One of the brutal ironies of the 18th century French Reign of Terror is that the designer of the specific device first installed in Place de Grève that became known as the guillotine, Dr. Antoine Louis, eventually lost his head to it. What he had designed to punish enemies eventually punished him.
This is the way of powerful weapons, including political weapons.
My favorite example is the 22nd Amendment, limiting presidents to a lifetime total of two terms. It was written in reaction to Franklin D. Roosevelt’s extended tenure in the Oval Office. The charge was led principally by Republicans, and the intent was to ensure that no future Democratic president would serve so long, no matter what the voters might want.
The hammer, of course, has worked. No Democratic president has served more than two terms since Roosevelt. But when the Republican Party had Ronald Reagan, who unseated a sitting Democratic president in 1980 and shellacked Walter Mondale in 1984, they discovered that the hammer was as effective against them as it had been for them.
There was brief discussion of trying to float an amendment to repeal or modify the limitation. But the obvious partisan motivation of the proposal at the time, with barely a fig leaf of good policy cover (unlike the 22nd Amendment, which rested on George Washington’s decision and rationale), quickly ended conversation.
That’s the problem with a really heavy political hammer. It is great at driving nails into the coffin of others’ ambitions. But if others get the hammer . . .
Both parties pay lip service to the idea that a season of truly competitive primaries and caucuses is healthy for the party and for the candidate. They talk about debating priorities before the court of public opinion and strengthening the eventual nominee through a series of sparring matches with rivals from the same gym before the main event in November.
But strategists (and erstwhile candidates) in both parties also dread the process.
Prolonged nomination fights are expensive, for one. For another, the longer the season, the more it seems the rivals fight aggressively for the support of the ideological and cultural extremes of their respective parties, providing ample fodder for general election ads to be run by the other party or its supportive SuperPACs. Simultaneously, the campaigns themselves and their patrons in the SuperPAC world launch volleys of increasingly brutal attack pieces that may convince the public that the eventual nominee is corrupt, or incompetent, or deeply misguided, long before the other party begins to make that case.
So while the rhetoric of open debate floats down like snowflakes on a caucus in Iowa, the machinations behind the nomination process are designed to bar the gate against insurgents before the crocuses bloom in Des Moines.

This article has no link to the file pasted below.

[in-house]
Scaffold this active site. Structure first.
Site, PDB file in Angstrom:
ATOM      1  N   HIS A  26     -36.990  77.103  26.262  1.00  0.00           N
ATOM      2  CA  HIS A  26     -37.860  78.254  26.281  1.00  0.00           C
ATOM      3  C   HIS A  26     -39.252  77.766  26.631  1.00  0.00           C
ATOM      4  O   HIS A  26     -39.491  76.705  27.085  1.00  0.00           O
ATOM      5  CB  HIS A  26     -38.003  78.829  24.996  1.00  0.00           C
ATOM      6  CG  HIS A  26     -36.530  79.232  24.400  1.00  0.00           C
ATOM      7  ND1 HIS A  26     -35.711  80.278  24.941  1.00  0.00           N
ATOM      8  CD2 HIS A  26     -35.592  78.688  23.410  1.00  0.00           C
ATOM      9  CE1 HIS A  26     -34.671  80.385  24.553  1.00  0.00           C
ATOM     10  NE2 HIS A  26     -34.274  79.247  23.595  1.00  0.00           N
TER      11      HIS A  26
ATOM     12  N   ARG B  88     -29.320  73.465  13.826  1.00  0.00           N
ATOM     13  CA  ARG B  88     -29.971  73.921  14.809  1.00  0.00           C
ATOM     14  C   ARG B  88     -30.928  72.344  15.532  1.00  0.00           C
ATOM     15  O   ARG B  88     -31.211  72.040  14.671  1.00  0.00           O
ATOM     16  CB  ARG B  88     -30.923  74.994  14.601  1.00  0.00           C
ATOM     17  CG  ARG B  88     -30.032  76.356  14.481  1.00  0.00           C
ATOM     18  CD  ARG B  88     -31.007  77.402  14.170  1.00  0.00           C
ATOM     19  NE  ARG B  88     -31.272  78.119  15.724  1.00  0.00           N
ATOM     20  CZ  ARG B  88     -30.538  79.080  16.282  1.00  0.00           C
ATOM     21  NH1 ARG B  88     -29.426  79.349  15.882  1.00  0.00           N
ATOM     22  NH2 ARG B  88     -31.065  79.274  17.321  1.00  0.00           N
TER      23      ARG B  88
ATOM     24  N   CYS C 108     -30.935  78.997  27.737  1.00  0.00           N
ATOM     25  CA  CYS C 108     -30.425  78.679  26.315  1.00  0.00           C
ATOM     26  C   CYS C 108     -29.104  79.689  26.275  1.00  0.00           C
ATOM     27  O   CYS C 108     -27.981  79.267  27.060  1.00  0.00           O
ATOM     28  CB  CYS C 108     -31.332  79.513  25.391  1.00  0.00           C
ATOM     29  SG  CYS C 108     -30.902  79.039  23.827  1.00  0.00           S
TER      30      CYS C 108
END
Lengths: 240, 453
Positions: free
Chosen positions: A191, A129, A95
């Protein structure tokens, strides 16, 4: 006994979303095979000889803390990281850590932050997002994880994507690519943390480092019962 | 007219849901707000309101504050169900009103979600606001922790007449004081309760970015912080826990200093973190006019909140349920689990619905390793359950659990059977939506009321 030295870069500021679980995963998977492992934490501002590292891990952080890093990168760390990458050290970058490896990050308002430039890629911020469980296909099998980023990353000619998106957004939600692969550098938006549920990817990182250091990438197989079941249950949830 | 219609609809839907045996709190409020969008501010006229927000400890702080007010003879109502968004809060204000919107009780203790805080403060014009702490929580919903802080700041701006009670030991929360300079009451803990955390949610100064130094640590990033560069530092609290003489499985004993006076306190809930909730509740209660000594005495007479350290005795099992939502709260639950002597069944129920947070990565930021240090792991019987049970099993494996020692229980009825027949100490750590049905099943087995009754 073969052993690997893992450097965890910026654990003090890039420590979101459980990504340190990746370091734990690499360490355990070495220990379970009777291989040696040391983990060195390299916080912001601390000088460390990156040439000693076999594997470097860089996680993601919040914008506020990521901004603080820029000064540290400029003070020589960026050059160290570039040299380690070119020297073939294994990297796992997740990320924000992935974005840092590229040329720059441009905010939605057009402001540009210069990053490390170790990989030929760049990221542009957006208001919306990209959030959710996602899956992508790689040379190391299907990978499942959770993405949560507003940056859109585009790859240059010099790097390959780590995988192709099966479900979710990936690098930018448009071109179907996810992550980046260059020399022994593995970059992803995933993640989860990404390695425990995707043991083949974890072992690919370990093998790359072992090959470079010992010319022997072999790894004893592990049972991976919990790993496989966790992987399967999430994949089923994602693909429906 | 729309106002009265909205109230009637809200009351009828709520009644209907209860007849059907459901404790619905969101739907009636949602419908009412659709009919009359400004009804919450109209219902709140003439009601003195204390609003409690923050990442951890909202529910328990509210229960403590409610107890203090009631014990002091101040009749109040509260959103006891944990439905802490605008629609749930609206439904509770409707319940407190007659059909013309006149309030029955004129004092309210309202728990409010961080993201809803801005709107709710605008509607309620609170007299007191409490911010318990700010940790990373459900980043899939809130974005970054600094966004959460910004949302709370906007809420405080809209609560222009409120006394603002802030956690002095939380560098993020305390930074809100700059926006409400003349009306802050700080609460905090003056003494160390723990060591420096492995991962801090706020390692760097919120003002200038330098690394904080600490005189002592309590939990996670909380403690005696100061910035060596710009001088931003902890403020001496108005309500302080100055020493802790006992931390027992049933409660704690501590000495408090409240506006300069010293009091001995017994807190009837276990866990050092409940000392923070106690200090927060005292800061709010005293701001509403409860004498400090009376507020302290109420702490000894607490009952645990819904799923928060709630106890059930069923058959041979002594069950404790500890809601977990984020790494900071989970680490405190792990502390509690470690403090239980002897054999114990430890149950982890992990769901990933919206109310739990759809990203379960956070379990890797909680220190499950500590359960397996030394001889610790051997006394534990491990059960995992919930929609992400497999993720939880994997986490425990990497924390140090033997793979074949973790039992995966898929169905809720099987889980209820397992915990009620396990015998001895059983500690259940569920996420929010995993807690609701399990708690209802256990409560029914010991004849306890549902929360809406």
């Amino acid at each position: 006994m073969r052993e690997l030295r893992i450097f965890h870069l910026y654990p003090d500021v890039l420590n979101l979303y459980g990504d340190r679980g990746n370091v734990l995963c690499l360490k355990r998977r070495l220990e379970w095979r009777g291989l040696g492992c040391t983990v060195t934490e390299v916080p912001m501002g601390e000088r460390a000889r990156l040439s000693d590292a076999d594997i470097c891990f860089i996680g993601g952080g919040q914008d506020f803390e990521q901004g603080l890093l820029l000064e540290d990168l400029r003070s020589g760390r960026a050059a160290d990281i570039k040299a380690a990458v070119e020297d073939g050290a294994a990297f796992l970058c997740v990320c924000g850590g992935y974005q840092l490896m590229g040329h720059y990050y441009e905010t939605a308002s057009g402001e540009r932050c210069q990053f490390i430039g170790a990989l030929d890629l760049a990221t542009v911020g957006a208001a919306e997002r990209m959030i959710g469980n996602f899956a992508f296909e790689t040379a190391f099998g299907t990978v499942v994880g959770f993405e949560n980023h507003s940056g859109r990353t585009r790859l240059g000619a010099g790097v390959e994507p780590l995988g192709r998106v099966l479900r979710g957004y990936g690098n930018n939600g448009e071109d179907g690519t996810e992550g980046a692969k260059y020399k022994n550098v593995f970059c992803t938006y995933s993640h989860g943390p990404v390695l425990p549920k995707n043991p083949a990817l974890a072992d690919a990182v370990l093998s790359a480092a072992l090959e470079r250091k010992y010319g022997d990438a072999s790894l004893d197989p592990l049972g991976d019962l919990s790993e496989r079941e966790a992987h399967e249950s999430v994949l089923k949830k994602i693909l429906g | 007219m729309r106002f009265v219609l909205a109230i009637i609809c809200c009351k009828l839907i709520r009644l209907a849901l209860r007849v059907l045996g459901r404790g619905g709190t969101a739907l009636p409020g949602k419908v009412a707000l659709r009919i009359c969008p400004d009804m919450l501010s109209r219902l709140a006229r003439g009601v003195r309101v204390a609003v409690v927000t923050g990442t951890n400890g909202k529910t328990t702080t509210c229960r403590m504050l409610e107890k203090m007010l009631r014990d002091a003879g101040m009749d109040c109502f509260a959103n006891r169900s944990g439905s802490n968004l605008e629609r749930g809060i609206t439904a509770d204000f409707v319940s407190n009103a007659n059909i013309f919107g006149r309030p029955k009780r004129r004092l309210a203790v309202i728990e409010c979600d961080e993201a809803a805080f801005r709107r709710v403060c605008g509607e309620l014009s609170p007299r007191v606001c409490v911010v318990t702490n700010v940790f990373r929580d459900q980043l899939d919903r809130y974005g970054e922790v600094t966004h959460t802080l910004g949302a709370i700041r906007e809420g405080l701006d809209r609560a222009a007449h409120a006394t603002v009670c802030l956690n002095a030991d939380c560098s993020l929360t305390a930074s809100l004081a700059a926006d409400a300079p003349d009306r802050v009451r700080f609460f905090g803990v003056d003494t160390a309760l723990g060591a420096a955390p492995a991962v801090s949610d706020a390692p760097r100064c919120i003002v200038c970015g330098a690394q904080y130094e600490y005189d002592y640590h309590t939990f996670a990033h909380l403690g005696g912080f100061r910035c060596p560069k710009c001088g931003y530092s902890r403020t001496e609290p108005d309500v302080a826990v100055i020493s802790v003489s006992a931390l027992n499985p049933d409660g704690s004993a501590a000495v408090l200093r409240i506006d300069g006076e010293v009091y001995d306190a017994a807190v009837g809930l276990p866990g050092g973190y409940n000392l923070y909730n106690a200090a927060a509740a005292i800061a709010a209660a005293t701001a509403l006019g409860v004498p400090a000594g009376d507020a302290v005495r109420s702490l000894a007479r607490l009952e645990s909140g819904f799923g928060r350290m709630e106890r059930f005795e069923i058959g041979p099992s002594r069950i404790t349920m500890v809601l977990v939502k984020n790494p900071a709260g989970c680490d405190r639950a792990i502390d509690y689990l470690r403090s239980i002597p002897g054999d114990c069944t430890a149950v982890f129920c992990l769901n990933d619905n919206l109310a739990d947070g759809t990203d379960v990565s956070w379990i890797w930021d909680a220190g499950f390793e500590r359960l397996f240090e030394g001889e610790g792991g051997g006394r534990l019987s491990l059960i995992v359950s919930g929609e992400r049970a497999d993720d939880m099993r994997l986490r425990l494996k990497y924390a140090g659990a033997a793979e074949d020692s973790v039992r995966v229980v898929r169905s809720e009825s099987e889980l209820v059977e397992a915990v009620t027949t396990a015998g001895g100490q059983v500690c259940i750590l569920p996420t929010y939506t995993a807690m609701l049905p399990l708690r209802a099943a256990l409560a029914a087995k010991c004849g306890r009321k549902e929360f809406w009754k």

The supporters of this particular political stockade imagined that big state winner-take-all primaries, scheduled early enough, would bar the gates against challengers to Republican orthodoxy. The belief was that only a relatively mainstream Republican leader (a Romney, a McCain or a Bush, for example) would be able to secure a plurality of the votes in these populous states. With a winner-take-all distribution of delegates, even a bare plurality for the frontrunner would translate into an almost insurmountable delegate lead. Only a fanatical challenger (or a self-financing one) would be able to stay in the race for long after that. Such challengers wouldn’t generate as much mainstream press, wouldn’t have the resources to generate much in the way of political advertising, and no longer would attract significant independent expenditures. The soon-to-be nominee would have months to raise money for the general election and heal from the battle before the war.
No one . . . okay, at least no one that I know or have read . . . imagined that these winner-take-all primaries would bar the gates against the mainstream candidate and ensure, at best, a brokered convention, and at worst (from this perspective) the nomination of someone like Donald Trump.
But we should have.
If we create a large hammer, we must assume that others will one day use it. If we build a high stockade, we must assume that, one day, its gates will be barred against us.
More generally, any special advantage we might try to build into any system of decision making can (and probably will) be used against us someday. Advantage, as a device or a design, ultimately will serve whoever finds a way to master it.